Bolshoi delayed Nureyev ballet’s premiere because ‘it was bad’, theatre’s director says after shock weekend announcement
Quality issues behind postponement of premiere of work about Russian dance great Rudolf Nureyev until May 2018, Bolshoi’s Vladimir Udin says, but admits receiving a phone call from culture minister about the ballet
Russia’s Bolshoi theatre has abruptly cancelled this week’s world premiere of a ballet about Russian dance legend Rudolf Nureyev, staged by a top director who has been questioned in a high-profile criminal probe.
Nureyev was set to premiere at the Bolshoi on Tuesday in one of the most hotly anticipated stagings of the season. But in a shock move, the theatre said last weekend the show has been indefinitely postponed.
On Monday, the theatre’s general director, Vladimir Urin, announced that the premiere would now be held in May 2018, telling a packed news conference that he and artistic director Makhar Vaziev had pulled the show because of poor performances in rehearsals.
“In terms of the quality of the ballet, we realised it was bad,” Urin said, adding that the theatre’s management was “completely despondent”.
But a rehearsal on Saturday nonetheless showed a “very serious leap in quality”, he said, and the ballet would now have its premiere next May.
Rumours have swirled that Urin was furious at the show’s artistic content – reportedly featuring nudity and male dancers in drag – or that he received a call from government officials to pull the show.
Bolshoi ballerina Maria Alexandrova wrote on Instagram: “The last time this happened in the theatre was in the 1930s,” during Stalin’s Great Terror.
Urin denied the rumours, saying “there are no other circumstances here”, and added that Serebrennikov’s run-in with the authorities did not play any role.
But he acknowledged receiving a call from Culture Minister Vladimir Medinsky, known for his conservative views, though he said he was simply asking how to comment to journalists.
Medinsky had a “long conversation with Urin but a ban is not the ministry’s style of working”, his spokeswoman told the Tass state news agency.
The ballet has been hotly anticipated given Nureyev’s legacy, after his defection to the West and his death from an Aids-related illness in 1993.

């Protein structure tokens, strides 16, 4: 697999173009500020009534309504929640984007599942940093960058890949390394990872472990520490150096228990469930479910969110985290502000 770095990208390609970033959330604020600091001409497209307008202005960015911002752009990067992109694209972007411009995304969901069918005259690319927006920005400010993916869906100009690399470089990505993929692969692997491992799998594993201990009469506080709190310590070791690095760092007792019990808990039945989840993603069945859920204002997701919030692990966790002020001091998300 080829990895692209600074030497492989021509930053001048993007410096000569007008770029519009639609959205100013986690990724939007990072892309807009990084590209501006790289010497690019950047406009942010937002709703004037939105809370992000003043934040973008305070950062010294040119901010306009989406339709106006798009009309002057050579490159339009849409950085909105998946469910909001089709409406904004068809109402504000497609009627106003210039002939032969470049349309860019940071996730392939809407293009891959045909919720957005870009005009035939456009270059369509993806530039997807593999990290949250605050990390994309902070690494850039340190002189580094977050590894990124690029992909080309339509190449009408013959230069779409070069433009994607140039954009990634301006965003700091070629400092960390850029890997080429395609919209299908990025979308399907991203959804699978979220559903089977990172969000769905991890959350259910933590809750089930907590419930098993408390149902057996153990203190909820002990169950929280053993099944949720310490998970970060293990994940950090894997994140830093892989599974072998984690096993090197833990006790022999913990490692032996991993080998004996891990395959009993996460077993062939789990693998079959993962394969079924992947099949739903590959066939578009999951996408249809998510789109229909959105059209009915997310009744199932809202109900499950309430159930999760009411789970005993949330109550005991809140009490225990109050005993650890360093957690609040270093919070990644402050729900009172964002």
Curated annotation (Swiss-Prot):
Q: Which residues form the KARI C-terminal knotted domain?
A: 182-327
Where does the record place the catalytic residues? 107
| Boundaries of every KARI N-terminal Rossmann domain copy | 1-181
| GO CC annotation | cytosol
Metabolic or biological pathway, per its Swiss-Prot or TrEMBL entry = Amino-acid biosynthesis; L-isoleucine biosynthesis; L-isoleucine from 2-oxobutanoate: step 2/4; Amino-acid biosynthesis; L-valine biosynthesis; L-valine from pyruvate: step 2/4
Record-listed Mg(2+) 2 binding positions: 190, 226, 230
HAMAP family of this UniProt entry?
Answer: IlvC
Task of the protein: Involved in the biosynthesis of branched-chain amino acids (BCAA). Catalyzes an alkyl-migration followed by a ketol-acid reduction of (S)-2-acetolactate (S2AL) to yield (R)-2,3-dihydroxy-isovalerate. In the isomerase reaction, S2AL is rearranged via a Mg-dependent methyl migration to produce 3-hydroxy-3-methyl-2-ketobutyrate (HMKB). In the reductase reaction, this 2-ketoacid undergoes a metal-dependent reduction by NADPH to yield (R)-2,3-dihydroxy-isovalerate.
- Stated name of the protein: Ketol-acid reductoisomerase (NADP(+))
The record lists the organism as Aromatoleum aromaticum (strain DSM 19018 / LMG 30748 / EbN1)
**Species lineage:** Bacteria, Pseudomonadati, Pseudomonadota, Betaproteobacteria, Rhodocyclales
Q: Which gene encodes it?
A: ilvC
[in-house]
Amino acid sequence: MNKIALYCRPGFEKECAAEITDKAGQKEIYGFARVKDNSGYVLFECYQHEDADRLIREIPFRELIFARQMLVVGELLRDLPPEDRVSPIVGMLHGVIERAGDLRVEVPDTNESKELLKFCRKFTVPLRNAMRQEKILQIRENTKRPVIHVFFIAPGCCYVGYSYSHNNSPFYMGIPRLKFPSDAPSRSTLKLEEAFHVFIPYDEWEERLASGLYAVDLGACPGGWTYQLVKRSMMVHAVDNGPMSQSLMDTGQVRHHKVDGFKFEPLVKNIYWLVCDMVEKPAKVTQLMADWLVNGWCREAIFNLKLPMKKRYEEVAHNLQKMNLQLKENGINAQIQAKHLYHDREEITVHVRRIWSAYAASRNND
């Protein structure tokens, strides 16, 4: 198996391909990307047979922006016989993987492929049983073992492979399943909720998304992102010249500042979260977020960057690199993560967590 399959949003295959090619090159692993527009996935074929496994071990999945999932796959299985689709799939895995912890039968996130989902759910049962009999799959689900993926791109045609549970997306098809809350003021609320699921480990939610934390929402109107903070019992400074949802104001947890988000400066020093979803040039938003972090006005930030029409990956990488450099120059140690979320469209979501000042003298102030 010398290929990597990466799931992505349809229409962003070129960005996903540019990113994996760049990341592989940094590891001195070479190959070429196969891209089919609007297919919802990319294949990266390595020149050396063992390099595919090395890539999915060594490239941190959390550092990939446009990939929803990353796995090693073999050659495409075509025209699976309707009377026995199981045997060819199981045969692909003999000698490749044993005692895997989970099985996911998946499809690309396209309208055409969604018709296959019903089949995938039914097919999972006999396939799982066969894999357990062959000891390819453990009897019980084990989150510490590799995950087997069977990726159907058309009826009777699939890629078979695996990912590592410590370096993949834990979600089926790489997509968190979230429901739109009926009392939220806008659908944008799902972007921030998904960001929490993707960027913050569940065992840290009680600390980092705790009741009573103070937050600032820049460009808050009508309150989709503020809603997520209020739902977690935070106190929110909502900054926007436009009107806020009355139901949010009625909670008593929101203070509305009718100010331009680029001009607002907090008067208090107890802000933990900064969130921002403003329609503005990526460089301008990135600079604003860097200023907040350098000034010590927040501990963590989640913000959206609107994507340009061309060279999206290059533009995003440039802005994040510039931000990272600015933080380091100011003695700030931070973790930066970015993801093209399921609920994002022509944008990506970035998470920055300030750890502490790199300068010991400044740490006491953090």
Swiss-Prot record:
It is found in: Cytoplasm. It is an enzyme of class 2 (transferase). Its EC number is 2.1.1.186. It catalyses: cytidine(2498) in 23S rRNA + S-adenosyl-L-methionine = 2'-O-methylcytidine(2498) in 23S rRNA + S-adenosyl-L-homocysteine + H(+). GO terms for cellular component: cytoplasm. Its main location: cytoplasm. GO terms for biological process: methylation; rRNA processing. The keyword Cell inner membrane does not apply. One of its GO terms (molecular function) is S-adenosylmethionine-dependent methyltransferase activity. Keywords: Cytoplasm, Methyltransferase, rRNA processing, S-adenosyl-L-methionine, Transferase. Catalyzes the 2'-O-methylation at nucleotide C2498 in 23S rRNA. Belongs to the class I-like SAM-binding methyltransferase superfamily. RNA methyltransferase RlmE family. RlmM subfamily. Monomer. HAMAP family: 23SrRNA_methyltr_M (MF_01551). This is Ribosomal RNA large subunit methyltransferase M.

It is being staged by Kirill Serebrennikov, one of Russia’s most innovative theatre and film directors yet one who has fallen out of favour with Russia’s cultural authorities in recent years and denounced increasing censorship of the arts.
The details of Serebrennikov’s production have been kept tightly under wraps, with even the name of the dancer performing the main role a secret, according to Tatiana Kuznetsova, ballet critic for the Kommersant newspaper.
Neither Serebrennikov nor the choreographer Yury Posokhov was present at the news conference, and Vaziev said nothing about the recent probe.
Urin said “there definitely will be arguments” over the ballet, since Nureyev was an “ambiguous figure with a complex fate, and telling this story will be quite difficult”.
Referring to the dancer’s bisexuality, he said the ballet addressed a “theme that could prompt a certain unacceptance among people”, but he insisted that “the artistic content will remain completely unchanged”.
The cancelled premiere means “reputational losses undoubtedly, but for us the quality of the ballet is more important”, he said.
In May, Serebrennikov’s flat and the state-funded Gogol Centre theatre he heads in Moscow were raided by investigators in a probe into alleged fraud over state funding for arts.
Serebrennikov himself was questioned as a witness, while the accountant and a former director of a company he founded were arrested.
The director’s supporters called the raid a politically motivated attack on the independence of the arts, and Urin wrote to President Vladimir Putin to complain about the handling of the investigation.